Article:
CONTENIDOS DE LA PAGINA
- Despite appearing in four movies, Captain Lennox is a forgettable character who serves as a vessel for the military obsession in the franchise.
- Carly, played by Rosie Huntington-Whiteley, has very little depth and is limited by poor characterization and material.
- Sam Witwicky, the main character of the first three movies, never grows or becomes likable, and is unceremoniously killed off between films.
Robots like Optimus Prime and Bumblebee may be the titular heroes of the Transformers franchise, but the series has had several human protagonists, some of whom are more captivating than others. Throughout the seven live-action Transformers films, the cast of human characters has changed drastically, with most movies introducing at least one new human protagonist. Sometimes this is because the films take place decades apart, so it is necessary for Optimus and Company to meet new humans, while other times characters are swapped out for behind-the-scenes reasons.
While characters like Sam Witwicky are featured in several movies, others, like Hailee Steinfeld’s Charlie, only get limited time in the spotlight. However, it doesn’t matter how much time a character has in a film, but rather how it is used. The Transformer movies aren’t always the best at balancing the human drama with the larger-than-life robot action, but some characters do get the opportunity to stand out.
12 Captain Lennox
Josh Duhamel’s Captain Lennox is tied for most appearances by a human character in a live-action Transformers film, appearing in four of the movies. This may come as a surprise considering how forgettable the character is. Duhamel is a likable star, but the character of Lennox is often pushed to the background and given very little to do outside of yelling orders at nameless soldiers. The Michael Bay entries in this franchise are overly obsessed with the military and Captain Lennox is more of a vessel for filling that desire than an actual character.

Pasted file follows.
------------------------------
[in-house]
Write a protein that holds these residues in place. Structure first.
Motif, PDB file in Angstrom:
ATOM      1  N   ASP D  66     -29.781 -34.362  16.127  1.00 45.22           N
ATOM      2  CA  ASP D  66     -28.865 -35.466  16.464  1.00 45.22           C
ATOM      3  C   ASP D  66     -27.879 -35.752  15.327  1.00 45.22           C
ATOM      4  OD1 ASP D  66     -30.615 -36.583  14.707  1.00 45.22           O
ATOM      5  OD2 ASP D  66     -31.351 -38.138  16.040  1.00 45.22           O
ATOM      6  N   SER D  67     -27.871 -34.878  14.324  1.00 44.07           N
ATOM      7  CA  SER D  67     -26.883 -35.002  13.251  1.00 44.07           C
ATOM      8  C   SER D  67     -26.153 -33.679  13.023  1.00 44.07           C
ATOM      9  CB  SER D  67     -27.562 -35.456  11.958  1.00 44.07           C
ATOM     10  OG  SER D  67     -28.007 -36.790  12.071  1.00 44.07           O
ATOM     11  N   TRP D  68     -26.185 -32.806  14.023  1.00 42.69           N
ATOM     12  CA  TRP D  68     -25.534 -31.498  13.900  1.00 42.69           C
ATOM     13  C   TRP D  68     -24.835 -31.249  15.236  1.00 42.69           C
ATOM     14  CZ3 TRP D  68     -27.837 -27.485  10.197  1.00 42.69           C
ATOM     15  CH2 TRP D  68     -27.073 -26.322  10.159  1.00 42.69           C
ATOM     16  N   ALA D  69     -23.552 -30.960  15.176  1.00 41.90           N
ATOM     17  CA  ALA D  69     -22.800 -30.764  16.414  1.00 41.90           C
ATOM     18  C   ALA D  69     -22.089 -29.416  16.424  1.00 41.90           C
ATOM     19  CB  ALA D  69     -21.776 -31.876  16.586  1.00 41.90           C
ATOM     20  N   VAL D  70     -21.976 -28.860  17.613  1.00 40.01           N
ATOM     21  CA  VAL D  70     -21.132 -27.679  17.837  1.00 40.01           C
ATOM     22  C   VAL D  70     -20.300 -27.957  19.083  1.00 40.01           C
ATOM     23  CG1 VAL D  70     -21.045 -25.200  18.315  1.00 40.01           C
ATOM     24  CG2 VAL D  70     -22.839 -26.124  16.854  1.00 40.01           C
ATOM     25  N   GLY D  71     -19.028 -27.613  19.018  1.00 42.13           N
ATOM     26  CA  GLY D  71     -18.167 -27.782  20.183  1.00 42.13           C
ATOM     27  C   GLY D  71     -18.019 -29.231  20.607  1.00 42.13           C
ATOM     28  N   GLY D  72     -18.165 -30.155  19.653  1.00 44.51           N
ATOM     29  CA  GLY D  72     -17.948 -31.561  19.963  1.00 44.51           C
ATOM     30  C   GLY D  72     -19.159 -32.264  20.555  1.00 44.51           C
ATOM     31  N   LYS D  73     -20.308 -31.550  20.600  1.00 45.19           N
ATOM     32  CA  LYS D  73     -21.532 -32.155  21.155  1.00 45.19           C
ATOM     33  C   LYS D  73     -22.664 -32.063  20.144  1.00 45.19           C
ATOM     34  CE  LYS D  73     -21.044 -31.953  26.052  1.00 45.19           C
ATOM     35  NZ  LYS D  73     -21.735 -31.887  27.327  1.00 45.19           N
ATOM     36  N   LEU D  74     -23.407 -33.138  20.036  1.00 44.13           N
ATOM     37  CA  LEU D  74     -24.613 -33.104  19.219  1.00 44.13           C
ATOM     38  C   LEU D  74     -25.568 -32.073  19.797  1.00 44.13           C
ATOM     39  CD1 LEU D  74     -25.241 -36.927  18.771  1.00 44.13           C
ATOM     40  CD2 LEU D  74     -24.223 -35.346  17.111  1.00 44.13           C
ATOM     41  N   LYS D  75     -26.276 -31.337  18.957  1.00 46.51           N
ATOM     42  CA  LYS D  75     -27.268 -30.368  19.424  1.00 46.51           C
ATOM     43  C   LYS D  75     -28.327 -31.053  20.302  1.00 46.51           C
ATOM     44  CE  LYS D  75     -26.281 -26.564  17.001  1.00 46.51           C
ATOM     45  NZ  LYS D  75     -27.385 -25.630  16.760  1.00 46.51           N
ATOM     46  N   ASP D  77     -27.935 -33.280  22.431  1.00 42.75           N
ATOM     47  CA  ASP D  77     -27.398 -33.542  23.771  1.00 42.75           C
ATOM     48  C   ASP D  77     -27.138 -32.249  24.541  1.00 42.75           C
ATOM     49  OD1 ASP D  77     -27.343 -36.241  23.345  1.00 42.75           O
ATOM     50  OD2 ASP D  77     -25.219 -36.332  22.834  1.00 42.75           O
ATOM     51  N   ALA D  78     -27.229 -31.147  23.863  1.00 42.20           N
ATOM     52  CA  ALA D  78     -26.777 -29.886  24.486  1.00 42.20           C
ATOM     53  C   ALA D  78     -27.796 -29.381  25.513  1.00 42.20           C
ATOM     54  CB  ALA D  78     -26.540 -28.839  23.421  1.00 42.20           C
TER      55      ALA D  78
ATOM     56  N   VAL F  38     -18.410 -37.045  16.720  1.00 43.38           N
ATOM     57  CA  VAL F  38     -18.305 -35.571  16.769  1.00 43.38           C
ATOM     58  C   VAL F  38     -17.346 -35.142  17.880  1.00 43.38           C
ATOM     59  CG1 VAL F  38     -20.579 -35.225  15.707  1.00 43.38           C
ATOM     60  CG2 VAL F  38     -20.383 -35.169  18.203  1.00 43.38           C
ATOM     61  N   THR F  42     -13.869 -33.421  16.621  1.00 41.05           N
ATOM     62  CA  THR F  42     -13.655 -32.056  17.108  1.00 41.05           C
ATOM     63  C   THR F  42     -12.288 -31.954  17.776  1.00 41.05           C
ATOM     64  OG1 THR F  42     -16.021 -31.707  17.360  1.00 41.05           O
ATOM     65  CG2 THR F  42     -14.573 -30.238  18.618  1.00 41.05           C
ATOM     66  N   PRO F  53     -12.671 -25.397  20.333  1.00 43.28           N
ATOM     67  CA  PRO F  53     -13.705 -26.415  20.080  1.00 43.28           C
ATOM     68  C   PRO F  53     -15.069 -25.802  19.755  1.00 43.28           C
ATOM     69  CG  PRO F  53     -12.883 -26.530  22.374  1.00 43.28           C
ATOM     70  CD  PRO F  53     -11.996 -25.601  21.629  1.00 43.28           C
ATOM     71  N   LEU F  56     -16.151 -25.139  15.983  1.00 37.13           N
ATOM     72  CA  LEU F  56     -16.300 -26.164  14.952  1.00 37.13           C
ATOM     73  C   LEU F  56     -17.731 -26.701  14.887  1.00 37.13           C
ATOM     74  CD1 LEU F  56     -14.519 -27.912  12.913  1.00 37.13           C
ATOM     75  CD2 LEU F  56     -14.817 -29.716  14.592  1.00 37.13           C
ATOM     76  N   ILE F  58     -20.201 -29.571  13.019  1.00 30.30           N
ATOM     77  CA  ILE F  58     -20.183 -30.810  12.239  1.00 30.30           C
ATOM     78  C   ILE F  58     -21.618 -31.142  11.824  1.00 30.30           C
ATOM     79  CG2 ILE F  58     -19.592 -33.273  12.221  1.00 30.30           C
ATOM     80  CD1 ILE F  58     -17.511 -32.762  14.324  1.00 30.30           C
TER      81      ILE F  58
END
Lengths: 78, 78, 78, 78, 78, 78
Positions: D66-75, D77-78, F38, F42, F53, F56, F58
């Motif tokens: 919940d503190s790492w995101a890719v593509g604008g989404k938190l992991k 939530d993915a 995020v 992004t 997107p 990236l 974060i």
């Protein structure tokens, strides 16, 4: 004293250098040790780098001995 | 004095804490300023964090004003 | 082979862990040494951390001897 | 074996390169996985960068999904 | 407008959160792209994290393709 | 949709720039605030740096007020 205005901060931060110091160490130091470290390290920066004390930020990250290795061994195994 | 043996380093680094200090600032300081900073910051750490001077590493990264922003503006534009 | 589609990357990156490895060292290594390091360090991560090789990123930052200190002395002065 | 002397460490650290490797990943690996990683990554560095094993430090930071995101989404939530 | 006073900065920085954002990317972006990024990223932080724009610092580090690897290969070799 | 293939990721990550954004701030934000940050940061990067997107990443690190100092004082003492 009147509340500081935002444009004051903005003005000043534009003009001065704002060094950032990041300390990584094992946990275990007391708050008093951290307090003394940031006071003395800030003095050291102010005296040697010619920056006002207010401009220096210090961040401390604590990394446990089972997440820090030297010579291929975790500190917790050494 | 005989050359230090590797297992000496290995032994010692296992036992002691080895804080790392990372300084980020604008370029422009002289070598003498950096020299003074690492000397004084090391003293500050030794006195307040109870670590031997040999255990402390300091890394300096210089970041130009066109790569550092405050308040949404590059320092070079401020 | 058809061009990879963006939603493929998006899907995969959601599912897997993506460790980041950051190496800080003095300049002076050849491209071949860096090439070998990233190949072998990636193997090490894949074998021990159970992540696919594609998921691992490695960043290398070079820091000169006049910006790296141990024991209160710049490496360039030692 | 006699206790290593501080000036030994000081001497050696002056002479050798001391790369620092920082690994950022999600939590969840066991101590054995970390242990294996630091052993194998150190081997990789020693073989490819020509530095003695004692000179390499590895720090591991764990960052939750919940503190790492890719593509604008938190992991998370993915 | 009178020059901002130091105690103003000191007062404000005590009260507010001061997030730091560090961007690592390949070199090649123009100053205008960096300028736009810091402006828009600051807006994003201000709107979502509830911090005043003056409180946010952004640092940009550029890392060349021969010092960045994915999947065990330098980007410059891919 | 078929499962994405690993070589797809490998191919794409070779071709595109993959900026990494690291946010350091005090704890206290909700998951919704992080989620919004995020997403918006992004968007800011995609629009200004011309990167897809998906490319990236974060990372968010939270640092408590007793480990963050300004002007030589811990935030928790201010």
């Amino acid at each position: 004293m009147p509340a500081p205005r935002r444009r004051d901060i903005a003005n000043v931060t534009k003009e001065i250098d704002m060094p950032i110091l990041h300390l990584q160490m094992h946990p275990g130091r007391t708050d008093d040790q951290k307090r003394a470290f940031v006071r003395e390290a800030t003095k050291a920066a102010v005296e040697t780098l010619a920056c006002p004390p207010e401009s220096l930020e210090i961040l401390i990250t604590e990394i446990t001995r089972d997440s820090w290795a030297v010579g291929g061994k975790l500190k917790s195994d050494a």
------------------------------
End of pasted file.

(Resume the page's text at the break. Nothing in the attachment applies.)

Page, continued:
English model Rosie Huntington-Whiteley has an arresting look about her and her work in Mad Max: Fury Road proved she could work well in a big-budget movie. Unfortunately, the character of Carly has very little to her. The script for Dark of the Moon already gave very little for the female character to do, but once Megan Fox wasn’t invited back and the character had to be rewritten, the role had even less characterization. Huntington-Whiteley did her best stepping into the role at such a late point, but there is only so much she could do given the material.
10 Sam Witwicky
The most known human character in the franchise, Sam Witwicky is the main character for the first three Transformers movies, yet he somehow never grows past the complaining teenager from the first movie. The biggest problem with Sam is that he is annoying and hard to root for, very rarely earning the protagonist role, and instead falling into it by heritage and chance. It doesn’t help that he spends most of the action scenes screaming his head off. The filmmakers didn’t seem to care for Sam that much either, as he was unceremoniously killed off-screen between movies.
9 Vivian Wembley
Only appearing in Transformers: The Last Knight, Vivian Wembley is the last descendant of Merlin and the new love interest for Cade Yager. The Last Knight has the least amount of actual Transformers out of the films, and Vivian is emblematic of that, acting as the catalyst for the strange King Arthur adventure the characters must go on. While Vivian may have more going on than Carly, she is still an underwritten female character whose arc is mostly there to service the male lead.
8 Maggie Madsen
The biggest problem with the first Transformers movie is the amount of side plots and human protagonists, and Rachael Taylor’s Maggie Madsen suffers the most because of this. While her storyline of trying to find out the truth about the NSA could be interesting, it is given far too little screen time to properly develop, and she gets lost in the shuffle. Taylor is a good actor, but the character buckles under the weight of the movie and is one of its least interesting elements.